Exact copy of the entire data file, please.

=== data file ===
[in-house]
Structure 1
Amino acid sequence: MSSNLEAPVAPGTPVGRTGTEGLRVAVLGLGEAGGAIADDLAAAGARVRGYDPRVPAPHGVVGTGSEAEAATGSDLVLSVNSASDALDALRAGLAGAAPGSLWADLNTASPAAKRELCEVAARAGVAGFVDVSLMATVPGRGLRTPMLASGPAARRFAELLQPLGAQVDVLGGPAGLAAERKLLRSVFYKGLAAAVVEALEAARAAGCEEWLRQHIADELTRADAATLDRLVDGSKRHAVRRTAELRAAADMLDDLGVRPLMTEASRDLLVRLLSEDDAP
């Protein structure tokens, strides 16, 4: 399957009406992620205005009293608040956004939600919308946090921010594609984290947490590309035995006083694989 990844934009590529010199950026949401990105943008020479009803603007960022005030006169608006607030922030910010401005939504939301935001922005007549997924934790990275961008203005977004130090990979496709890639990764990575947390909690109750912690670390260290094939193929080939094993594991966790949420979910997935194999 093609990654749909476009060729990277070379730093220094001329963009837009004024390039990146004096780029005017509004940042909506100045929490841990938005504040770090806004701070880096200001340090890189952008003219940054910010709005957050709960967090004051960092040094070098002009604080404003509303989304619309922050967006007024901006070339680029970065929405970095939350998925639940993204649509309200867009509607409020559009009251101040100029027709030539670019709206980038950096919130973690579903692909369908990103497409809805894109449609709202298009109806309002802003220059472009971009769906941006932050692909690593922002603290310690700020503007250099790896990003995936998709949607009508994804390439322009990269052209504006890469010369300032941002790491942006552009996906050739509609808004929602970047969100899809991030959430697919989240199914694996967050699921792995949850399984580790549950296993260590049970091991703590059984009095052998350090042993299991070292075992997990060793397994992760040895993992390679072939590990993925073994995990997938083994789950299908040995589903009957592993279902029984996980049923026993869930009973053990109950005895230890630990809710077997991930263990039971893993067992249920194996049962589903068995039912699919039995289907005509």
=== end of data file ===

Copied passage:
[in-house]
Structure 1
Amino acid sequence: MSSNLEAPVAPGTPVGRTGTEGLRVAVLGLGEAGGAIADDLAAAGARVRGYDPRVPAPHGVVGTGSEAEAATGSDLVLSVNSASDALDALRAGLAGAAPGSLWADLNTASPAAKRELCEVAARAGVAGFVDVSLMATVPGRGLRTPMLASGPAARRFAELLQPLGAQVDVLGGPAGLAAERKLLRSVFYKGLAAAVVEALEAARAAGCEEWLRQHIADELTRADAATLDRLVDGSKRHAVRRTAELRAAADMLDDLGVRPLMTEASRDLLVRLLSEDDAP
């Protein structure tokens, strides 16, 4: 399957009406992620205005009293608040956004939600919308946090921010594609984290947490590309035995006083694989 990844934009590529010199950026949401990105943008020479009803603007960022005030006169608006607030922030910010401005939504939301935001922005007549997924934790990275961008203005977004130090990979496709890639990764990575947390909690109750912690670390260290094939193929080939094993594991966790949420979910997935194999 093609990654749909476009060729990277070379730093220094001329963009837009004024390039990146004096780029005017509004940042909506100045929490841990938005504040770090806004701070880096200001340090890189952008003219940054910010709005957050709960967090004051960092040094070098002009604080404003509303989304619309922050967006007024901006070339680029970065929405970095939350998925639940993204649509309200867009509607409020559009009251101040100029027709030539670019709206980038950096919130973690579903692909369908990103497409809805894109449609709202298009109806309002802003220059472009971009769906941006932050692909690593922002603290310690700020503007250099790896990003995936998709949607009508994804390439322009990269052209504006890469010369300032941002790491942006552009996906050739509609808004929602970047969100899809991030959430697919989240199914694996967050699921792995949850399984580790549950296993260590049970091991703590059984009095052998350090042993299991070292075992997990060793397994992760040895993992390679072939590990993925073994995990997938083994789950299908040995589903009957592993279902029984996980049923026993869930009973053990109950005895230890630990809710077997991930263990039971893993067992249920194996049962589903068995039912699919039995289907005509």